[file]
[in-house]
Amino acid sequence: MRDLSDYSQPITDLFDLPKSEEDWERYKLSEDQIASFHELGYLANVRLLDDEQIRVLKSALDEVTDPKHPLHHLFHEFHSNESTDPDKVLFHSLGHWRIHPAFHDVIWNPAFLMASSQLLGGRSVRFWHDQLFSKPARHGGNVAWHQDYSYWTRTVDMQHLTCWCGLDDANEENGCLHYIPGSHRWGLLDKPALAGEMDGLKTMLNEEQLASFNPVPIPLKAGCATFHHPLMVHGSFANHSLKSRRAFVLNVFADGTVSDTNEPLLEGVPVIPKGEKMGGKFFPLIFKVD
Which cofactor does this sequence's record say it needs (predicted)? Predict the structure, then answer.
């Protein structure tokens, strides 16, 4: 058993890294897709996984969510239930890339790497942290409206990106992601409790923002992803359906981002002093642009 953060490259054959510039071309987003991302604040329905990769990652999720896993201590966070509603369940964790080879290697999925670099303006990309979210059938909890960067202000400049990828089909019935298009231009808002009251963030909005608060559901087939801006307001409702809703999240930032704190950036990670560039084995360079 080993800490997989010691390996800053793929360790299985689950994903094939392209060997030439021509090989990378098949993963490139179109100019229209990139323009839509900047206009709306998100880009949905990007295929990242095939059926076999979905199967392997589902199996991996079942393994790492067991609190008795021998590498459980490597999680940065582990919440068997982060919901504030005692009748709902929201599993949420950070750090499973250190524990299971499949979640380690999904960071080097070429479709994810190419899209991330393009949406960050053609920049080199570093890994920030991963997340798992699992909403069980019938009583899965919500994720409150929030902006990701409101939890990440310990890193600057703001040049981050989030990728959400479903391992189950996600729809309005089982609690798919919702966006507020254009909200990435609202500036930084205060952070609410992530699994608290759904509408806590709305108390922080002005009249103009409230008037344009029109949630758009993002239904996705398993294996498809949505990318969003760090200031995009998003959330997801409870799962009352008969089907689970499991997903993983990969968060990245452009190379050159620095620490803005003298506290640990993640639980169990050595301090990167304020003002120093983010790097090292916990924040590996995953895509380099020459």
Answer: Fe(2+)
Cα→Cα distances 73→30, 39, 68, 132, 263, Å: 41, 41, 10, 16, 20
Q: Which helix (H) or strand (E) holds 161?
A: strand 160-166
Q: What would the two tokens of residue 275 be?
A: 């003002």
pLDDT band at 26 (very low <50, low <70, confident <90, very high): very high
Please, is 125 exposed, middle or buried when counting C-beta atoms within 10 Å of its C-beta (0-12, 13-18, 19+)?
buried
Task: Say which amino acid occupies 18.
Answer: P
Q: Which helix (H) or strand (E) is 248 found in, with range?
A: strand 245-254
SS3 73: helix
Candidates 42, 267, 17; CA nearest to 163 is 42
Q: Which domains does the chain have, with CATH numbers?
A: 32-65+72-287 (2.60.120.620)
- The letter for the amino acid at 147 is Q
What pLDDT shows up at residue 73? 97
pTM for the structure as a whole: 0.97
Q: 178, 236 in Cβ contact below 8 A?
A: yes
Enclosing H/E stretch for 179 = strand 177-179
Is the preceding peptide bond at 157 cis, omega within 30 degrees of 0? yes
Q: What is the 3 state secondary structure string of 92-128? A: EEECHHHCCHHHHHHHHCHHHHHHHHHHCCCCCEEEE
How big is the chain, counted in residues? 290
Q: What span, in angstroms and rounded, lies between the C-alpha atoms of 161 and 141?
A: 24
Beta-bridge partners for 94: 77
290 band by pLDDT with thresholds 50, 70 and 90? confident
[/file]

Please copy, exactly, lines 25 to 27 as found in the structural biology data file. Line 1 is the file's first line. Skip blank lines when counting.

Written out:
Q: 178, 236 in Cβ contact below 8 A?
A: yes
Enclosing H/E stretch for 179 = strand 177-179